After all, if merely spouting off was a sufficient business model, then it would allow the wealth to be spread to those who leave feedback. Yet many newspaper old-timers would still rather not acknowledge their respondents. More typical in the web journalism field is a feeling of contempt toward those "conversation" joiners.

Web 2.0 Comes to Ottawa With Red Tape Attached


While tents are being forced down at Occupy sites across the country, the Treasury Board of Canada has finally gotten around to erecting its virtual one, with the publication of "Guideline for External Use of Web 2.0".

What could have been an opportunity for the Government of Canada to present a new wave of information in a different light, though, has taken the form of another bureaucratic document.

Does information have to look so officious in order to be taken seriously? Treasury Board president Tony Clement has attached his name to something that resembles the Terms of Service agreements that no one would ever read. So, it's up left to more scintillating social media services to dissect its significance for the public service, and the public it serves.

"The federal government has hit the like button on social media," was the best the Canadian Press could extrapolate to sum up the guidelines. Just in case you thought that NDP MP Pat Martin's use of four letter words to describe Conservative tactics on Twitter might have led it to be banned from Parliament Hill.

Shopping Applications Want to Know Where You Stand


The announcement of Visa's new digital wallet service is being heralded as the best bet for mobile payments to enter the mainstream. Privacy concerns don't seem to play into it. After all, the bills serve as a reminder that there's essentially no such thing as a confidential electronic purchase. Yet.

Still, how much about their shopping habits are people willing to reveal when presented with a choice based on their precise positioning?

Loyalty programs offer rewards in exchange for consumer disclosure, although that requires an actual purchase being made, rather than the browsing that draws people to retailers.

The new wave of shopping applications, however, are designed to keep tabs on consumer movements from one aisle to the next.

These developments could be seen as an opt-in equivalent of the involuntary ways in which online retailers can chase your business around the web — it's never a coincidence that you keep seeing banner ads related to products you recently researched. Bringing these methods between the walls of a mall — which is still generally perceived as a public space — might be a different challenge.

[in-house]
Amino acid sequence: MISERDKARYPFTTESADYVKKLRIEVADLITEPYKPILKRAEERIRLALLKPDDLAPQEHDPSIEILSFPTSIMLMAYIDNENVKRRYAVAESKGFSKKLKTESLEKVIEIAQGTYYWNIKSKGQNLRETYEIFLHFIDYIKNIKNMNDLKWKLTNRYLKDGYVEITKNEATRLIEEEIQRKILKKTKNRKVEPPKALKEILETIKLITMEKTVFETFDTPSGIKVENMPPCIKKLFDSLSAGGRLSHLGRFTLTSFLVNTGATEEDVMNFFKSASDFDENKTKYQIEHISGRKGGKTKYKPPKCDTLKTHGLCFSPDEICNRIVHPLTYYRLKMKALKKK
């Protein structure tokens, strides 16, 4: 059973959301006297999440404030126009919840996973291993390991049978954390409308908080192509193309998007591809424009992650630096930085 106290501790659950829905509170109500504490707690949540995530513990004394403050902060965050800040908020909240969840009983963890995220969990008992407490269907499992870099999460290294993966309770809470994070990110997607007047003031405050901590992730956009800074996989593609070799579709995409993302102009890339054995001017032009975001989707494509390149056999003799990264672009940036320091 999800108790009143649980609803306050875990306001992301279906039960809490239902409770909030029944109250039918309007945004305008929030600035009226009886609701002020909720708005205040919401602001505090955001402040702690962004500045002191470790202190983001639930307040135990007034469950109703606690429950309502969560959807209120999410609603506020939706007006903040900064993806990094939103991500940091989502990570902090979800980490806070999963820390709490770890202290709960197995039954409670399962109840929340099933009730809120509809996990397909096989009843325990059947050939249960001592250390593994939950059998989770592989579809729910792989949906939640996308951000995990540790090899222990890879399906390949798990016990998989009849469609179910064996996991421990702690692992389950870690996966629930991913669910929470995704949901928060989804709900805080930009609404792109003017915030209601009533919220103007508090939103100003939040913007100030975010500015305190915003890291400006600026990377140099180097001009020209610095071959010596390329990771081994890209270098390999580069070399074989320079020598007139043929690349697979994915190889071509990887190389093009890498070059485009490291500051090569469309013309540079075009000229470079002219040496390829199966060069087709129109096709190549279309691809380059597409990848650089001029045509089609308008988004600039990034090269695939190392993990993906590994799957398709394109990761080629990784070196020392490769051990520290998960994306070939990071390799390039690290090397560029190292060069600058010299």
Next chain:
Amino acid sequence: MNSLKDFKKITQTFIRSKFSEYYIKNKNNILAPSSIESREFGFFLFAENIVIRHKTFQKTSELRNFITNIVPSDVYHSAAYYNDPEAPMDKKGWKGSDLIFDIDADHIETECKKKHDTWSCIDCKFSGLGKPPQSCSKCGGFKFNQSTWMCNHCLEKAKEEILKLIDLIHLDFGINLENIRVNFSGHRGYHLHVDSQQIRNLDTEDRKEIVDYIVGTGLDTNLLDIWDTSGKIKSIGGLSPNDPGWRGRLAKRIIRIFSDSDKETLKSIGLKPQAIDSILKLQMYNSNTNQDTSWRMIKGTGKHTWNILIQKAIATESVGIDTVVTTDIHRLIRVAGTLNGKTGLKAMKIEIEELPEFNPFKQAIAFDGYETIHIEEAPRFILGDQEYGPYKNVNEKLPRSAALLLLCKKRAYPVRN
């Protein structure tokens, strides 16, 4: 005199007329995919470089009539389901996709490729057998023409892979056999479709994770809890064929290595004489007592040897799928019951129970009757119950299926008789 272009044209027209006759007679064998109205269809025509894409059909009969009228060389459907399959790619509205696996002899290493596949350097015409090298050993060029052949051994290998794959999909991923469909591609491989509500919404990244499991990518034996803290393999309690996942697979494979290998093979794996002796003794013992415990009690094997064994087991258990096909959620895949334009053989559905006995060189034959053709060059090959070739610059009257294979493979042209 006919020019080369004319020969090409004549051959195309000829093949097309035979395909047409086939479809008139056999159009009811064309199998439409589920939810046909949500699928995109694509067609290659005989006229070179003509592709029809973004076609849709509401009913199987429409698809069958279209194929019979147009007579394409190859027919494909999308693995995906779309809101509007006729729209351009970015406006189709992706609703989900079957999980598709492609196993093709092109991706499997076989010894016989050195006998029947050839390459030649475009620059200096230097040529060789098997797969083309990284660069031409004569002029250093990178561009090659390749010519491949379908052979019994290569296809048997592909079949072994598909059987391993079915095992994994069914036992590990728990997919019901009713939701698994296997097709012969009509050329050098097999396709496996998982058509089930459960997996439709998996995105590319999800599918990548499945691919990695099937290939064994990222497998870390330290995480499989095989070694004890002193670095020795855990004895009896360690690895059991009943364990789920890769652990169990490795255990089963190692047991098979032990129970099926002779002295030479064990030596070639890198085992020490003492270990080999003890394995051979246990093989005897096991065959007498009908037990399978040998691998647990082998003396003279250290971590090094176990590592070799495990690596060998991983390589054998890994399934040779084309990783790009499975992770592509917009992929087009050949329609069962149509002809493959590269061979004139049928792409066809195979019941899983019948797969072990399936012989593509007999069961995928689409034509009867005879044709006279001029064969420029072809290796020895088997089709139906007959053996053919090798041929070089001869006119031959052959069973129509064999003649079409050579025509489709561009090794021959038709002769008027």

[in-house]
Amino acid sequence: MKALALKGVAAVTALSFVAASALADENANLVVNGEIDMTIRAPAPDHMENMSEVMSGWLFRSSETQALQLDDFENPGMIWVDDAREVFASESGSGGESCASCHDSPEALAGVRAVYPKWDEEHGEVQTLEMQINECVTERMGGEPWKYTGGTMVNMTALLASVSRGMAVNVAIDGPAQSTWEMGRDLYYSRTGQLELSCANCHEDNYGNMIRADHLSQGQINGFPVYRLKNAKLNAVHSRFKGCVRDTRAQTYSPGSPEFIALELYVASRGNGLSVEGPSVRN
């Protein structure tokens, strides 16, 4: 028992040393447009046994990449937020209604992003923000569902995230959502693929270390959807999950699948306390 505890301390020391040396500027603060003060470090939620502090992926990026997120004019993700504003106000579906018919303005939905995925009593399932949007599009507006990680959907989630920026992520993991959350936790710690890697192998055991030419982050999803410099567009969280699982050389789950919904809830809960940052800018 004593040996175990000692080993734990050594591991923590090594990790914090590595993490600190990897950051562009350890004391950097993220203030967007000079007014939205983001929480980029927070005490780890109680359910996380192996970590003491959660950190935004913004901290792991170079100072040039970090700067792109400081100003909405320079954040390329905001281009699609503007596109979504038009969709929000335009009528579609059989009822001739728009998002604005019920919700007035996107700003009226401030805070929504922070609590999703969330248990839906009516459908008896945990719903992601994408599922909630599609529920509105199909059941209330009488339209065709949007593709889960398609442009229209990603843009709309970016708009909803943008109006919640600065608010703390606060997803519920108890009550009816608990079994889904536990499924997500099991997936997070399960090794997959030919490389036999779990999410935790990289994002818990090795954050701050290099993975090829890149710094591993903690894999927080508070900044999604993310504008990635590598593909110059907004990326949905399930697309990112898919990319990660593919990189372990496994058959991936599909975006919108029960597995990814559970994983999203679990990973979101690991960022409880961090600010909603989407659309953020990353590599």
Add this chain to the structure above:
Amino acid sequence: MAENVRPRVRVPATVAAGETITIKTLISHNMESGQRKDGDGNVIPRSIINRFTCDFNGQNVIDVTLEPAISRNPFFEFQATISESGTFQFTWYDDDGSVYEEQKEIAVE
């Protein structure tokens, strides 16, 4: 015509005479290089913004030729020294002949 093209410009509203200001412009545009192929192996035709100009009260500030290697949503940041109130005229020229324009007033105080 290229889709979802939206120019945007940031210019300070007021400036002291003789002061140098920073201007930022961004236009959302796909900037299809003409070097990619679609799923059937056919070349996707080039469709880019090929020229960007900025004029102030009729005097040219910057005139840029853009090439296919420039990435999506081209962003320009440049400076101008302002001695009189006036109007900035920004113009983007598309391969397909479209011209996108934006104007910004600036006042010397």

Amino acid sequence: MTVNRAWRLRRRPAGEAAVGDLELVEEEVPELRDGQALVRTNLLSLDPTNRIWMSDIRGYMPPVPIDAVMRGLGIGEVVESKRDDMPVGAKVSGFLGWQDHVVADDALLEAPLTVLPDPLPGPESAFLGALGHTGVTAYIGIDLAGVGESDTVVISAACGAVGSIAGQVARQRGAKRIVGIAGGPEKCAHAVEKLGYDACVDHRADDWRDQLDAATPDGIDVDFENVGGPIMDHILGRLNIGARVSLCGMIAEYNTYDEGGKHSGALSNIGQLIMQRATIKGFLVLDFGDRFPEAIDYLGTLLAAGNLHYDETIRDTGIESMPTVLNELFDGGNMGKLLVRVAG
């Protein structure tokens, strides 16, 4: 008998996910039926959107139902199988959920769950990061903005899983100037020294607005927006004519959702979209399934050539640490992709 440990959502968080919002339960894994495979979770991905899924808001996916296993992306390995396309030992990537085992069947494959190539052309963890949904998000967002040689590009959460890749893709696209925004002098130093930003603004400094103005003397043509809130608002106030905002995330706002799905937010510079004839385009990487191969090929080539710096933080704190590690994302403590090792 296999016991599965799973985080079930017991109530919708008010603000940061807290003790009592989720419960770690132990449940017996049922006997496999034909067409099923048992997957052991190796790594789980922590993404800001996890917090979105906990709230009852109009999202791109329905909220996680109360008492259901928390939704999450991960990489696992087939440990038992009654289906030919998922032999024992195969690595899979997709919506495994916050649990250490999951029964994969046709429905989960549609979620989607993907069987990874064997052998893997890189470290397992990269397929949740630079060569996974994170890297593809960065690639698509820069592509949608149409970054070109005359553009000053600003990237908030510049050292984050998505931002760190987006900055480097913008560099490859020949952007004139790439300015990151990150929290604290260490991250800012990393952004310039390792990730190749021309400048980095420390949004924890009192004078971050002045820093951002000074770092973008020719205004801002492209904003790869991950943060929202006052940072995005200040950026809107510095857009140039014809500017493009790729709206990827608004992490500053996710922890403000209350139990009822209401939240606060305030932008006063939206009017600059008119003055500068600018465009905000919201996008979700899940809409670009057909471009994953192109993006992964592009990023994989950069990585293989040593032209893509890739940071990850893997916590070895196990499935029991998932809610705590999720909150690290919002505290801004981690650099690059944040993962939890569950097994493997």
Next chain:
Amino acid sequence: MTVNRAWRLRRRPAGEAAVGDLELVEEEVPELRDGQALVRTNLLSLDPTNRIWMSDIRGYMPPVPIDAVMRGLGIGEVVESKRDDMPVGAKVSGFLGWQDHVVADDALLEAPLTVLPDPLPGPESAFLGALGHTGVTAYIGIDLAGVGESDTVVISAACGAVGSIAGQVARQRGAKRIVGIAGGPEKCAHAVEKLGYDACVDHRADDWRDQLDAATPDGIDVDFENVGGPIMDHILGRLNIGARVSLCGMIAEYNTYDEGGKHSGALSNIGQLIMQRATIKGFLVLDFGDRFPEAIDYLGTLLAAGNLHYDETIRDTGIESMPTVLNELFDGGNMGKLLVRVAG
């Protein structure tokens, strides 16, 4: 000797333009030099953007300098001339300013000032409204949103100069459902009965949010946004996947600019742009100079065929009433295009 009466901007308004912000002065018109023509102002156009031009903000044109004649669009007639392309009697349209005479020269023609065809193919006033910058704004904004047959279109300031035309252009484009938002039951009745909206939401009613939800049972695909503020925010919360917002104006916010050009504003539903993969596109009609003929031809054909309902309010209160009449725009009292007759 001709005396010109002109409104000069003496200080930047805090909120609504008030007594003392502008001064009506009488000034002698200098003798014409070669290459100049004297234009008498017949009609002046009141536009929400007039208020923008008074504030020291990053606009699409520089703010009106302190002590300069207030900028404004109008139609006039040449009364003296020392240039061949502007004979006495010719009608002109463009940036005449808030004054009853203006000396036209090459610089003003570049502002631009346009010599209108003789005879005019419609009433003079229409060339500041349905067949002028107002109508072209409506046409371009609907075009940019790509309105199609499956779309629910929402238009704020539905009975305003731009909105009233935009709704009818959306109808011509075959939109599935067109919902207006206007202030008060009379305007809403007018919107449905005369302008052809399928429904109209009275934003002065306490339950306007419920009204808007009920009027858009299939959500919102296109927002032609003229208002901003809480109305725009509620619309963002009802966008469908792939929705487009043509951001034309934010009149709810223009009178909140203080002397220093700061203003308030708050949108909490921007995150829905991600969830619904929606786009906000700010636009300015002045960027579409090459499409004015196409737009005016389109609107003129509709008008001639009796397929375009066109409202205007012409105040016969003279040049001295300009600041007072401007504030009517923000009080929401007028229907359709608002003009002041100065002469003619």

For now, the companies behind location-based shopping apps are either being cautious about presenting these innovations to the public, or have some lengths left to go before they catch on. Bee Media, which first tested its surveillance at the downtown Toronto location of Canadian Tire, has stated its ambition to go global.

Stephen Harper is Still Turning Down Your Friend Request


Government could never have invented something like social media. Yet, more than anyone else, politicians are expected to be accountable to the public when using it.

Ottawa Citizen reporter Glen McGregor was recently inspired — by a similar Slate monitor of Sarah Palin — to track potential Facebook comment deletions on the part of Stephen Harper's squad. And he was rewarded with evidence that many comments critical of the prime minister didn't last long — although some remained.

Should there be a federal standard for which responses are considered acceptable? What if they're attached to a page that fully verified where the commenter was coming from?

Curiously, there are two different official Facebook pages for Harper. The more popular one — with over 67,000 followers — is run by the Conservative party, while a more obscure one is maintained by the Prime Minister's Office, even though their content has been nearly identical. So, the lack of civility might have something to do with its assertively partisan origins.

These issues related to effective communication have now become an inextricable part of the discussion surrounding Government 2.0.

The First Day of the Tim Hortons Twitter Account


When it comes to the Canadian economy, Tim Hortons is like the Beatles — to the point of being able to adopt new systems of information delivery in its own sweet time.